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Kapow! Superheroes forever?

Superheroes can give brands superpowers that others can only look at in awe

By Jeremy Lee

While superheroes may seem to us like a phenomenon whose ascendancy can be traced to the rise of pop culture of the 1960s, their history extends far further back and into the mists of ancient history and mythology.

Attributing imaginary or embellishing existing powers to make individuals appear "super" was something that was happening way before Marvel Comics popularised the technique. Indeed, you could argue that many belief systems that we use today are built upon their veneration.

Little wonder, then, that advertising too has a rich history of adopting superhuman characters, or creating them itself, to give brands some superpowers of their own.

And unlike the Marvel Comics, they weren't just targeted at children - products as prosaic as Ajax cleaner joined Wall's ice cream and public service announcements in using superheroes to peddle their wares.

Probably the most famous UK advertising superhero is the Green Cross Code Man, played by Dave Prowse who then went onto play the Star Wars anti-hero Darth Vader. He turned the act of crossing the road safely for children into an act of superheroism.

Why we love (and need) superheroes

Superheroes have never really gone away since their ascendancy in the UK coincided with the development of commercial television (in the US, they go back further).

Rachel Pashley, planning partner at Wunderman Thompson UK, says: "There’s a rich history of superhero salespersons - if you don’t believe me then Google ‘Dirty Crooks Batman Lava soap’, so you can watch Adam West quietly reconsidering his contract whilst he stands idly by as Batman, with Police Commissioner Gordon recommending the original ‘grime fighter’ (who doesn’t love a pun) ‘Lava Soap’ as the best solution to remove pesky finger-printing ink, quite. Whilst I don’t have many ‘dabs’ to deal with at my house, I do have pesky sharpie stains thanks to a four-and-a-half-year-old with artistic tendencies, so I’m willing to give that Lava soap a whirl."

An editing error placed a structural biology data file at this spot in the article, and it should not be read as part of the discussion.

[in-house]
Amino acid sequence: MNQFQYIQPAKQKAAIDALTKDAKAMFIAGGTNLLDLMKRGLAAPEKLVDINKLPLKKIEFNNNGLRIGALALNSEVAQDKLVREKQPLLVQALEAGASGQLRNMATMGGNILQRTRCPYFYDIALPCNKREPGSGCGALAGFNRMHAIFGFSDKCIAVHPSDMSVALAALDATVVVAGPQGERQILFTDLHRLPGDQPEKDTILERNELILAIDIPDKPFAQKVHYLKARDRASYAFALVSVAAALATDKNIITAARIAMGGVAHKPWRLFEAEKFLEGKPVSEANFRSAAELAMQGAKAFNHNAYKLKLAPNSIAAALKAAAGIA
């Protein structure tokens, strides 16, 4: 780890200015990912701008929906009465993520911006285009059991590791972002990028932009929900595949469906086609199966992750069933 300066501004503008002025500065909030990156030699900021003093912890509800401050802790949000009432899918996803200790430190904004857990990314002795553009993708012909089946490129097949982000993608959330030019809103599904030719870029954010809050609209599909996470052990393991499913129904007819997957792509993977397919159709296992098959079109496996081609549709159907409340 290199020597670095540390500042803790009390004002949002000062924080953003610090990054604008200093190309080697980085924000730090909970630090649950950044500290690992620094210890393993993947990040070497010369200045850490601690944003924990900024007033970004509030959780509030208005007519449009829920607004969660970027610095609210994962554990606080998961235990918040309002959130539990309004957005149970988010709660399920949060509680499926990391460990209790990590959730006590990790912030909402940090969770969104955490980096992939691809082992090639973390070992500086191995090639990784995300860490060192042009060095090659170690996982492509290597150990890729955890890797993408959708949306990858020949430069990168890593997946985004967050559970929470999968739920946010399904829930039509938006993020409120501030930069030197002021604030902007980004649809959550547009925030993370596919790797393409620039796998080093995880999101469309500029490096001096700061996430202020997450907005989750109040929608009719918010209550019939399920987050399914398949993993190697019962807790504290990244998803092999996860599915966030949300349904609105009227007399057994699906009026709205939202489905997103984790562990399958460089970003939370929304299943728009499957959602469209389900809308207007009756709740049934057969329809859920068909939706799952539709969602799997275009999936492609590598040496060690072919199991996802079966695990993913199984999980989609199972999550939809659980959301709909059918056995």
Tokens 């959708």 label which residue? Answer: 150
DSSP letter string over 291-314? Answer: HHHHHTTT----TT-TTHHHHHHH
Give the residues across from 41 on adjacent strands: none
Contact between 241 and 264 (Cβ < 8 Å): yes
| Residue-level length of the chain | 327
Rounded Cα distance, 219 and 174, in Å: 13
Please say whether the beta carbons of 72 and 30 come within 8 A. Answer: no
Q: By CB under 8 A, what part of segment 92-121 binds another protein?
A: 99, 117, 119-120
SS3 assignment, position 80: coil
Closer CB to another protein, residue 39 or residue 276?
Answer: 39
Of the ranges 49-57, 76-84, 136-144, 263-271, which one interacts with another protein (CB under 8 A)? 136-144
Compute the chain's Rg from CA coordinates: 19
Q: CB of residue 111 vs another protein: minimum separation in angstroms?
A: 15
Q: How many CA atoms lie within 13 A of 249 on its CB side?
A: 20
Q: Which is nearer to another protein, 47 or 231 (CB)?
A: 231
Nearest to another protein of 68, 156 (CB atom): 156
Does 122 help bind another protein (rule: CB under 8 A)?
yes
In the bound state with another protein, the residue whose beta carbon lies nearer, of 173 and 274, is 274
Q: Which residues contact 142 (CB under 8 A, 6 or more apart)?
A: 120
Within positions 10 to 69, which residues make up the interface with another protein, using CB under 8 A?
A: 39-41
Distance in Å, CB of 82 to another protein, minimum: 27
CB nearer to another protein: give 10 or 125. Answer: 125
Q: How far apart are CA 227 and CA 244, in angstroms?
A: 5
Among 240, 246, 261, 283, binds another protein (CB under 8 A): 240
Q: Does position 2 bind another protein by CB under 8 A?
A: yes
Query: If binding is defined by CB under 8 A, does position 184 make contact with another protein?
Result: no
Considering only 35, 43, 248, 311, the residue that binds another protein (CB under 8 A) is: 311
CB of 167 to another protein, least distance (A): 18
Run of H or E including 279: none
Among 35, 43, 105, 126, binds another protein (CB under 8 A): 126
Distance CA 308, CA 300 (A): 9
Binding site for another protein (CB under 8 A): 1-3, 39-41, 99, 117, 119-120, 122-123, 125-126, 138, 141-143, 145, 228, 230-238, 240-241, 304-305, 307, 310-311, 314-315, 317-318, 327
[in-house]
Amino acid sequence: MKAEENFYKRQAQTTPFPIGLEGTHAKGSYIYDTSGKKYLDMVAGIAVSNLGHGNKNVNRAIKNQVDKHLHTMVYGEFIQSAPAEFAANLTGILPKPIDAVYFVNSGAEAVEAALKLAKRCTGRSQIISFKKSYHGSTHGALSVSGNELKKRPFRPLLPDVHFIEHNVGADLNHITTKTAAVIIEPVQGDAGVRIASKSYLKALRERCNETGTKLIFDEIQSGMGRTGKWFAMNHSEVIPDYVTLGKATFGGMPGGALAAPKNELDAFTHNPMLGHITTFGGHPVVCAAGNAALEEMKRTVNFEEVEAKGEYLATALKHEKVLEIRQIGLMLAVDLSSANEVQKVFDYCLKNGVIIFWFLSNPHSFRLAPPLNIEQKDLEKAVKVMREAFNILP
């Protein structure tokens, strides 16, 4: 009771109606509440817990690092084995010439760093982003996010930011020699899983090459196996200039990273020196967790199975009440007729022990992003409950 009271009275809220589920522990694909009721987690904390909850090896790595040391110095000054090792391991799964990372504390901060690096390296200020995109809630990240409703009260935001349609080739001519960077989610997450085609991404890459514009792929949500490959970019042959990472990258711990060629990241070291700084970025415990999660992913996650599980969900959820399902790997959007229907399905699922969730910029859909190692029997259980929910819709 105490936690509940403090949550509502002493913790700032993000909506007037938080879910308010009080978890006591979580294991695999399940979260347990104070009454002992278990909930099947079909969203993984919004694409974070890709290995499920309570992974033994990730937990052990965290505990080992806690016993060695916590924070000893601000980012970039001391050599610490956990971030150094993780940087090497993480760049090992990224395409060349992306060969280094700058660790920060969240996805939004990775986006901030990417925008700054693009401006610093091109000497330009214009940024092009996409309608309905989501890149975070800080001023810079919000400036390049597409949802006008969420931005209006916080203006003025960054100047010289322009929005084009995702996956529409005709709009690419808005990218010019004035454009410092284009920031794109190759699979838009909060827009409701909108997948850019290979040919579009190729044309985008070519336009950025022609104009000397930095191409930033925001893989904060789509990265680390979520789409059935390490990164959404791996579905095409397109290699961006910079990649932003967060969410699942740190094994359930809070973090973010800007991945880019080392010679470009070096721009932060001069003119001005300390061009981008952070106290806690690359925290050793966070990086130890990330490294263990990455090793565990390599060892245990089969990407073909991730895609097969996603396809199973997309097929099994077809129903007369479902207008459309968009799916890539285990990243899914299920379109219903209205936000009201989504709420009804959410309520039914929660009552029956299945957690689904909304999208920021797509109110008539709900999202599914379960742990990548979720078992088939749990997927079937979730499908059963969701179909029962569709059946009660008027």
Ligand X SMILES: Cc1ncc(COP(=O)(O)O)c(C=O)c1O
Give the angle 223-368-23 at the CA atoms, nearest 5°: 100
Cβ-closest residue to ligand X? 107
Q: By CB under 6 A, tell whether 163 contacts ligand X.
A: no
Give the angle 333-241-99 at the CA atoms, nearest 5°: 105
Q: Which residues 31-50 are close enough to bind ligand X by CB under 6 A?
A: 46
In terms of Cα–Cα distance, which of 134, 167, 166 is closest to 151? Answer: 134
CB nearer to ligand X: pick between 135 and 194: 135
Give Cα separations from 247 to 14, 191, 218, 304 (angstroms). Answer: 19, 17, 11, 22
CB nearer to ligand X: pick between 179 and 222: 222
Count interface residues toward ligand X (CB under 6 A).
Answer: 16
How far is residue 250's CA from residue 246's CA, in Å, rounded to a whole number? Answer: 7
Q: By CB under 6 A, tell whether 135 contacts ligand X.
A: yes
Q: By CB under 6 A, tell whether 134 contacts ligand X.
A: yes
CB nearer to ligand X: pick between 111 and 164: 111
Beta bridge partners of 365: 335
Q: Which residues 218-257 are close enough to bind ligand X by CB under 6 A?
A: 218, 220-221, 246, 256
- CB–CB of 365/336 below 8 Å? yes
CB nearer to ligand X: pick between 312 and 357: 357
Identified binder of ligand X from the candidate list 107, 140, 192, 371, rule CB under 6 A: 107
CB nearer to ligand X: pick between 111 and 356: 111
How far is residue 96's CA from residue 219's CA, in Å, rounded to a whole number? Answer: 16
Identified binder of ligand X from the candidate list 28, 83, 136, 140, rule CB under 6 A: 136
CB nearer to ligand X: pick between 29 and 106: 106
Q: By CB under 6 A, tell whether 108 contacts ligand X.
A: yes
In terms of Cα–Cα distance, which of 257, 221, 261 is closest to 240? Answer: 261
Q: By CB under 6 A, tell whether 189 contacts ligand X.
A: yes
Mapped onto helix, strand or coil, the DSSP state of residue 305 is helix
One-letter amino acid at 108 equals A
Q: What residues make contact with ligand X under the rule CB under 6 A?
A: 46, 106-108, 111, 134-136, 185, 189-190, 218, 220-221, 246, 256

According to AMV BBDO's senior strategist Mike Alhadeff, their enduring popularity - both within and without advertising - is that they tap into our childhood. "From our earliest childhood memories, we learn that everything will be alright if a superhero appears on the scene. But there is also a more visceral association with superheroes – the idea that they suspend belief, break the rules, and perhaps most importantly, provide a sense of escapism which has been more needed as we emerge from pandemic fatigue. And again, these are all things a brand may seek to tap into when they employ a superhero, to lift them from the pack and to show there is no such thing as ordinary."

Whilst not adopting superheroes themselves to show remarkable prowess and skill, 4Creative revolutionised coverage of the Paralympic Games with its 'Meet the Superhumans' spot for London 2012. It showed that the participants were far from ordinary and was followed by by 'We're the Superhumans' for Rio 2016 and 'Super.Human' for Tokyo 2020.

In more recent years, their popularity has appeared to be growing further still: this might, in part, be due to the popularity of superhero film franchises at the cinema but also due to a need within us to find hope to get us through difficult times, as Mike Alhadeff points out.

This was particularly pronounced during the desperate days of the Covid pandemic when NHS staff were granted the epithet "superhero" and Banksy created and auctioned off a "superhuman nurse" to raise funds for NHS charities.

Mike Alhadeff agrees that the current prevailing national mood makes now the ideal time to claim superpowers. "Who needs a superhero? It feels like the world needs one right now", he says. "As we emerge battered and bruised from the pandemic and head straight into economic meltdown, it feels like only a superhero can saves us from the mess we find ourselves in."

In recent months we've seen Moneysupermarket through New Commercial Arts unveil a cast of superhumans that can help save us bills. In that regard, it was following a strategy that had already been used by Moneysupermarket's previous agency Mother that pitted He-Man against Skeletor.

While Saatchi & Saatchi has recently traded in Direct Line's longstanding Winston Wolf brand character for a range of licensed superhero figures that have been dispatched to help save the day:

Drawing power from new dimensions